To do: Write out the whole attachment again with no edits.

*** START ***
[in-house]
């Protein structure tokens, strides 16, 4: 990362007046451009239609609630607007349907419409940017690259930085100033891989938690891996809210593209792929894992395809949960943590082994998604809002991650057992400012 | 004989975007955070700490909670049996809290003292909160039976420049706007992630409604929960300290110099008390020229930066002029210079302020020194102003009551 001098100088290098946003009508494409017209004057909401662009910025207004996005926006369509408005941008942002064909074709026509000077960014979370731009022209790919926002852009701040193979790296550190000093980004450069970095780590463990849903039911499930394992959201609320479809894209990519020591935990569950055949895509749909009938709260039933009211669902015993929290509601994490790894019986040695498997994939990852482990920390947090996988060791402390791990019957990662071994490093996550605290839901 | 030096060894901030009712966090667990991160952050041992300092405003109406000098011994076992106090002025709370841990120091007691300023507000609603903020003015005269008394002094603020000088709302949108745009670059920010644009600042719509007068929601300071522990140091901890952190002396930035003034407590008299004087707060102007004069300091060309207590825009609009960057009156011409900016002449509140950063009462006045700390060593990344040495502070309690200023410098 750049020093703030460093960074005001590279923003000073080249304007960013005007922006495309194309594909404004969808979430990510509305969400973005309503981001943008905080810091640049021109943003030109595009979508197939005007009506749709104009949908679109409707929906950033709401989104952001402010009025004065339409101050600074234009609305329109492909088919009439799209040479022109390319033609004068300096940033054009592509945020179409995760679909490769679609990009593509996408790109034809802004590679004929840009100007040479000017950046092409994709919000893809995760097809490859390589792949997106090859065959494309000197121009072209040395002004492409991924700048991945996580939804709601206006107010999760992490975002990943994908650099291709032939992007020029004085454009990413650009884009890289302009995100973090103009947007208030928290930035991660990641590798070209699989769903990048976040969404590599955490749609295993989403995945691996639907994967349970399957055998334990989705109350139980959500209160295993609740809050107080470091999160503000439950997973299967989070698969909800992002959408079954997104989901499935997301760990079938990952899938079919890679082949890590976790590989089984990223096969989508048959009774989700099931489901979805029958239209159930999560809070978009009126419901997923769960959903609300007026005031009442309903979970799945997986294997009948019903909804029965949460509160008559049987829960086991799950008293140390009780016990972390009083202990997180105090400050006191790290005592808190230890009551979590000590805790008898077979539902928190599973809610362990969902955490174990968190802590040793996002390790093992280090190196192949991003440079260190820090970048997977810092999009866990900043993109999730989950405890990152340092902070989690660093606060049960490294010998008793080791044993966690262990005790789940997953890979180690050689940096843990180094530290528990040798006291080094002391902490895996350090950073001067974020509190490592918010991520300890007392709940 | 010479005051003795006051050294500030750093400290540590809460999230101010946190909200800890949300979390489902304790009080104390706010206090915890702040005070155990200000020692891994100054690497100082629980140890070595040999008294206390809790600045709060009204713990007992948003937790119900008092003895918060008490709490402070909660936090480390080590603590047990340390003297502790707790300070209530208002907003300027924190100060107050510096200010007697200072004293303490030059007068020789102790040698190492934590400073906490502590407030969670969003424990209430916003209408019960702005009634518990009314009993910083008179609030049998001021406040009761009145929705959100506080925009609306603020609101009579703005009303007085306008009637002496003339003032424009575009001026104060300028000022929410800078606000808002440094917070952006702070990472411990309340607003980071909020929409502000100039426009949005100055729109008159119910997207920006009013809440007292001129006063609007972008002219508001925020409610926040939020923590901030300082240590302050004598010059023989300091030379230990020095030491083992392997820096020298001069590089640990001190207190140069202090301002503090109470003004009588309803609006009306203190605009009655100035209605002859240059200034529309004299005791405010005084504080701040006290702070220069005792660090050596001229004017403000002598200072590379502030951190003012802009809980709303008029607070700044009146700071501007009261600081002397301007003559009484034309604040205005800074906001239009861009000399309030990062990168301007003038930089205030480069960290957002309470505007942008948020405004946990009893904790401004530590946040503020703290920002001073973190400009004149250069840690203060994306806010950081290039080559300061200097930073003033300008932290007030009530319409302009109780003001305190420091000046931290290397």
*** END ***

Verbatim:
[in-house]
């Protein structure tokens, strides 16, 4: 990362007046451009239609609630607007349907419409940017690259930085100033891989938690891996809210593209792929894992395809949960943590082994998604809002991650057992400012 | 004989975007955070700490909670049996809290003292909160039976420049706007992630409604929960300290110099008390020229930066002029210079302020020194102003009551 001098100088290098946003009508494409017209004057909401662009910025207004996005926006369509408005941008942002064909074709026509000077960014979370731009022209790919926002852009701040193979790296550190000093980004450069970095780590463990849903039911499930394992959201609320479809894209990519020591935990569950055949895509749909009938709260039933009211669902015993929290509601994490790894019986040695498997994939990852482990920390947090996988060791402390791990019957990662071994490093996550605290839901 | 030096060894901030009712966090667990991160952050041992300092405003109406000098011994076992106090002025709370841990120091007691300023507000609603903020003015005269008394002094603020000088709302949108745009670059920010644009600042719509007068929601300071522990140091901890952190002396930035003034407590008299004087707060102007004069300091060309207590825009609009960057009156011409900016002449509140950063009462006045700390060593990344040495502070309690200023410098 750049020093703030460093960074005001590279923003000073080249304007960013005007922006495309194309594909404004969808979430990510509305969400973005309503981001943008905080810091640049021109943003030109595009979508197939005007009506749709104009949908679109409707929906950033709401989104952001402010009025004065339409101050600074234009609305329109492909088919009439799209040479022109390319033609004068300096940033054009592509945020179409995760679909490769679609990009593509996408790109034809802004590679004929840009100007040479000017950046092409994709919000893809995760097809490859390589792949997106090859065959494309000197121009072209040395002004492409991924700048991945996580939804709601206006107010999760992490975002990943994908650099291709032939992007020029004085454009990413650009884009890289302009995100973090103009947007208030928290930035991660990641590798070209699989769903990048976040969404590599955490749609295993989403995945691996639907994967349970399957055998334990989705109350139980959500209160295993609740809050107080470091999160503000439950997973299967989070698969909800992002959408079954997104989901499935997301760990079938990952899938079919890679082949890590976790590989089984990223096969989508048959009774989700099931489901979805029958239209159930999560809070978009009126419901997923769960959903609300007026005031009442309903979970799945997986294997009948019903909804029965949460509160008559049987829960086991799950008293140390009780016990972390009083202990997180105090400050006191790290005592808190230890009551979590000590805790008898077979539902928190599973809610362990969902955490174990968190802590040793996002390790093992280090190196192949991003440079260190820090970048997977810092999009866990900043993109999730989950405890990152340092902070989690660093606060049960490294010998008793080791044993966690262990005790789940997953890979180690050689940096843990180094530290528990040798006291080094002391902490895996350090950073001067974020509190490592918010991520300890007392709940 | 010479005051003795006051050294500030750093400290540590809460999230101010946190909200800890949300979390489902304790009080104390706010206090915890702040005070155990200000020692891994100054690497100082629980140890070595040999008294206390809790600045709060009204713990007992948003937790119900008092003895918060008490709490402070909660936090480390080590603590047990340390003297502790707790300070209530208002907003300027924190100060107050510096200010007697200072004293303490030059007068020789102790040698190492934590400073906490502590407030969670969003424990209430916003209408019960702005009634518990009314009993910083008179609030049998001021406040009761009145929705959100506080925009609306603020609101009579703005009303007085306008009637002496003339003032424009575009001026104060300028000022929410800078606000808002440094917070952006702070990472411990309340607003980071909020929409502000100039426009949005100055729109008159119910997207920006009013809440007292001129006063609007972008002219508001925020409610926040939020923590901030300082240590302050004598010059023989300091030379230990020095030491083992392997820096020298001069590089640990001190207190140069202090301002503090109470003004009588309803609006009306203190605009009655100035209605002859240059200034529309004299005791405010005084504080701040006290702070220069005792660090050596001229004017403000002598200072590379502030951190003012802009809980709303008029607070700044009146700071501007009261600081002397301007003559009484034309604040205005800074906001239009861009000399309030990062990168301007003038930089205030480069960290957002309470505007942008948020405004946990009893904790401004530590946040503020703290920002001073973190400009004149250069840690203060994306806010950081290039080559300061200097930073003033300008932290007030009530319409302009109780003001305190420091000046931290290397």